Brexit Secretary David Davis resigns - BBC
His departure comes days after Prime Minister Theresa May secured the cabinet's backing for her Brexit plan despite claims from critics that it was "soft".
Davis was appointed to the post in 2016 and was responsible for negotiating the UK's EU withdrawal, according to the BBC.
Junior minister Steven Baker quit shortly after Davis - as Theresa May prepares to face MPs and peers later.
In his resignation letter, Davis told May "the current trend of policy and tactics" was making it "look less and less likely" that the UK would leave the customs union and single market.
He said he was "unpersuaded" that the government's negotiating approach "will not just lead to further demands for concessions" from Brussels.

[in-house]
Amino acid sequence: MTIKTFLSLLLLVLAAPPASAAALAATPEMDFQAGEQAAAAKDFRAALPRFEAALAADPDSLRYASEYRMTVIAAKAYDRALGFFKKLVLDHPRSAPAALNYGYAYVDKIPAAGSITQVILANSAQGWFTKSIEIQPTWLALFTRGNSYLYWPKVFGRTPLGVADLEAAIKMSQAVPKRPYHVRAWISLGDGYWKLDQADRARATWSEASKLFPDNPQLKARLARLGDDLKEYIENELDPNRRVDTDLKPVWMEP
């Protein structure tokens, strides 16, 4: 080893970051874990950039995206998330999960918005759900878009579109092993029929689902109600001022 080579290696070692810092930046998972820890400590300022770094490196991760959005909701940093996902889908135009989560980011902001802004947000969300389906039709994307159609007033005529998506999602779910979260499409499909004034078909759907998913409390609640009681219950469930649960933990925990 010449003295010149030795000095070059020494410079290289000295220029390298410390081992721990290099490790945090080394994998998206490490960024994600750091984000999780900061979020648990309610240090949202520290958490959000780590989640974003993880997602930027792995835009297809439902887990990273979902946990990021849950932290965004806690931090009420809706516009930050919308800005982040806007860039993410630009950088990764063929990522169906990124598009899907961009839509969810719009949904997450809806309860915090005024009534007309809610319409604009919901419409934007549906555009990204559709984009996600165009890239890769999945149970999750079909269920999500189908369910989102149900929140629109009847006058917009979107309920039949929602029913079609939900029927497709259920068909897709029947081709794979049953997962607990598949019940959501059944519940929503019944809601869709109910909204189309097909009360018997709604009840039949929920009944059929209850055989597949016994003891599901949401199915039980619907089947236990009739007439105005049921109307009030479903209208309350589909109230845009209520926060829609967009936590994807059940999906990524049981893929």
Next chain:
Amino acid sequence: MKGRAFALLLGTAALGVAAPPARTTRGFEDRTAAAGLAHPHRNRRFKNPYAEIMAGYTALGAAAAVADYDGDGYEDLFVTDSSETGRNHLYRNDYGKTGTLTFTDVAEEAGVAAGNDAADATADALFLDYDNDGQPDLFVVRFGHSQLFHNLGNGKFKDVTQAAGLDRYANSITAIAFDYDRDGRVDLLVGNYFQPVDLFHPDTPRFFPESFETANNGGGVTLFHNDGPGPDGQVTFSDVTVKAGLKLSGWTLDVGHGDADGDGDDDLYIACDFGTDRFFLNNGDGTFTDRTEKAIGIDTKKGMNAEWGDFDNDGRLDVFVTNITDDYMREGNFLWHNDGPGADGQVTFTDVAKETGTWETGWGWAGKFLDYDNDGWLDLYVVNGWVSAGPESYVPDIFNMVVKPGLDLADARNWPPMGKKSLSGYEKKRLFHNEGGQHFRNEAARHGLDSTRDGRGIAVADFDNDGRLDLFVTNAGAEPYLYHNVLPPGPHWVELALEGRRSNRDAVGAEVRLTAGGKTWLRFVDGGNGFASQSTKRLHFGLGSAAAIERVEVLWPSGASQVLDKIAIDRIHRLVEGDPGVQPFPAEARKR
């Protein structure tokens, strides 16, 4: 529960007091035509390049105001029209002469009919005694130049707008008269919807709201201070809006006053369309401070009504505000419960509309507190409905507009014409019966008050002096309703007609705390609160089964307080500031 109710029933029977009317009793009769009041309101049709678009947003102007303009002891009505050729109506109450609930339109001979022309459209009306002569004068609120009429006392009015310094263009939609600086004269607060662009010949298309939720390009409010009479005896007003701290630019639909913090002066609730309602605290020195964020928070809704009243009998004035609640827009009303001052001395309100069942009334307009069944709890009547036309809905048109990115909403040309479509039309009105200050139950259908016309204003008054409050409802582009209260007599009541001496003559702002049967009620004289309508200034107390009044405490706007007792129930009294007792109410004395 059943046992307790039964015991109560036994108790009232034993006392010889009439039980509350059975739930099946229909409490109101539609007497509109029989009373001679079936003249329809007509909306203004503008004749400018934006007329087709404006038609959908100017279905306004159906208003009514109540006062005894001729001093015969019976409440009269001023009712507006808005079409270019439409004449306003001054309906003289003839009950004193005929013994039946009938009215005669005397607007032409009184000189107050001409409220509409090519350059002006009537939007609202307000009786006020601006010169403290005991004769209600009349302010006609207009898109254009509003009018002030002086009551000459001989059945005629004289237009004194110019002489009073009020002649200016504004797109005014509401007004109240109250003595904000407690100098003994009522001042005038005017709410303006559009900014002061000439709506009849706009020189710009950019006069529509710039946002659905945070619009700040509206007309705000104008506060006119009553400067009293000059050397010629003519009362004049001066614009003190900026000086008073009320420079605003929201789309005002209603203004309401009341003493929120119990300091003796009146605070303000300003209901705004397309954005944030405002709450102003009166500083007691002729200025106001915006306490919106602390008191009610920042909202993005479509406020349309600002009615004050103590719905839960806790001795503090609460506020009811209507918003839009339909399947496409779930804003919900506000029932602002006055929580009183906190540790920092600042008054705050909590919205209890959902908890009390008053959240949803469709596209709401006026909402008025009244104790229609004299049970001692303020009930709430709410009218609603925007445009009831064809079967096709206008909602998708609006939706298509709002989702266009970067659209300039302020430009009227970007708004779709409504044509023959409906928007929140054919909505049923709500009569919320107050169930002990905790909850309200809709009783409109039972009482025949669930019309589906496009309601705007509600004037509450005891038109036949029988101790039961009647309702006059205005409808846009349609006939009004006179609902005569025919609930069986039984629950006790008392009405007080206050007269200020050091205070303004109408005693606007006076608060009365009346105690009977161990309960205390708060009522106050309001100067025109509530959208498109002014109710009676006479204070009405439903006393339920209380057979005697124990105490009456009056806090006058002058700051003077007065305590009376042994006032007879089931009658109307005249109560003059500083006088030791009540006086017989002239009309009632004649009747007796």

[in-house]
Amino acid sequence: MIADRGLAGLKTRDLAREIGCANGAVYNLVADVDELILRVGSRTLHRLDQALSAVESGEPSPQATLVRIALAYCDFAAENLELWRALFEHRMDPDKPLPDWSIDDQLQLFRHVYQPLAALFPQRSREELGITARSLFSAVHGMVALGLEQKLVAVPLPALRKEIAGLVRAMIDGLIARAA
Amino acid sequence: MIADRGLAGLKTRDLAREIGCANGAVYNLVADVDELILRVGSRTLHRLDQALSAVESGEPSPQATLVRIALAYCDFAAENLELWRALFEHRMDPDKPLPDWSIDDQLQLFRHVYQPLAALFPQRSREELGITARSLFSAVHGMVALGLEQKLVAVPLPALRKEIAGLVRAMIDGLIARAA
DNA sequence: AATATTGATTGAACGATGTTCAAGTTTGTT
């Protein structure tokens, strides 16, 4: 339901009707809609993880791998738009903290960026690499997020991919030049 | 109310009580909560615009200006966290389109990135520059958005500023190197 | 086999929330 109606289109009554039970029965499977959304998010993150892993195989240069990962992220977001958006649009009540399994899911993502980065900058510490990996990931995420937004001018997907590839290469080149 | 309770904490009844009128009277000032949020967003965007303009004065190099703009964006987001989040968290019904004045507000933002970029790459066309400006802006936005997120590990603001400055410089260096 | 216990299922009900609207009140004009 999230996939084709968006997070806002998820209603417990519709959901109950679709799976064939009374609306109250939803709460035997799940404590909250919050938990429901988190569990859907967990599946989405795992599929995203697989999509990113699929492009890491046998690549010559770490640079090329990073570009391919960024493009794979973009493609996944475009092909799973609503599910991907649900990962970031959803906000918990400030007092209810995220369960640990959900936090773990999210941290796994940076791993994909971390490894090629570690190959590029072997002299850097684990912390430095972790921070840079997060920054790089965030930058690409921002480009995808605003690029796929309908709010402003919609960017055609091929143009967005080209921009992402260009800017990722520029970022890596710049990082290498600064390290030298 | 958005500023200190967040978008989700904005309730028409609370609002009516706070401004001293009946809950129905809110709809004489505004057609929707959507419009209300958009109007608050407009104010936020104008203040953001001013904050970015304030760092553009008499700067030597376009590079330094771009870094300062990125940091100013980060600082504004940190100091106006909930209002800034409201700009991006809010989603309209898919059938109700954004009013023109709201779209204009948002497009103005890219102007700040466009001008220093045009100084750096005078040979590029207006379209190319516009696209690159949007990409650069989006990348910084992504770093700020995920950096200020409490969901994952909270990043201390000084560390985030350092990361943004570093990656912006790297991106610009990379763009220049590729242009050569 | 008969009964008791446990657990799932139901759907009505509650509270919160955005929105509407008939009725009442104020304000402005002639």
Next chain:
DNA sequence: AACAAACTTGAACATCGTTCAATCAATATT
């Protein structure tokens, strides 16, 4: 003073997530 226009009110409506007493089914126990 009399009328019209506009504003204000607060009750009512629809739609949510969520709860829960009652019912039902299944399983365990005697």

Davis said: "The general direction of policy will leave us in at best a weak negotiating position, and possibly an inescapable one."
In her reply, May said: "I do not agree with your characterization of the policy we agreed at Cabinet on Friday."
She said she was "sorry" he was leaving but would "like to thank you warmly for everything you have done... to shape our departure from the EU".
Conservative MP Peter Bone hailed the resignation as a "principled and brave decision", adding: "The PM's proposals for a Brexit in name only are not acceptable."
Labour Party chairman Ian Lavery said: "This is absolute chaos and Theresa May has no authority left."
Labour leader Jeremy Corbyn said May was "incapable of delivering Brexit".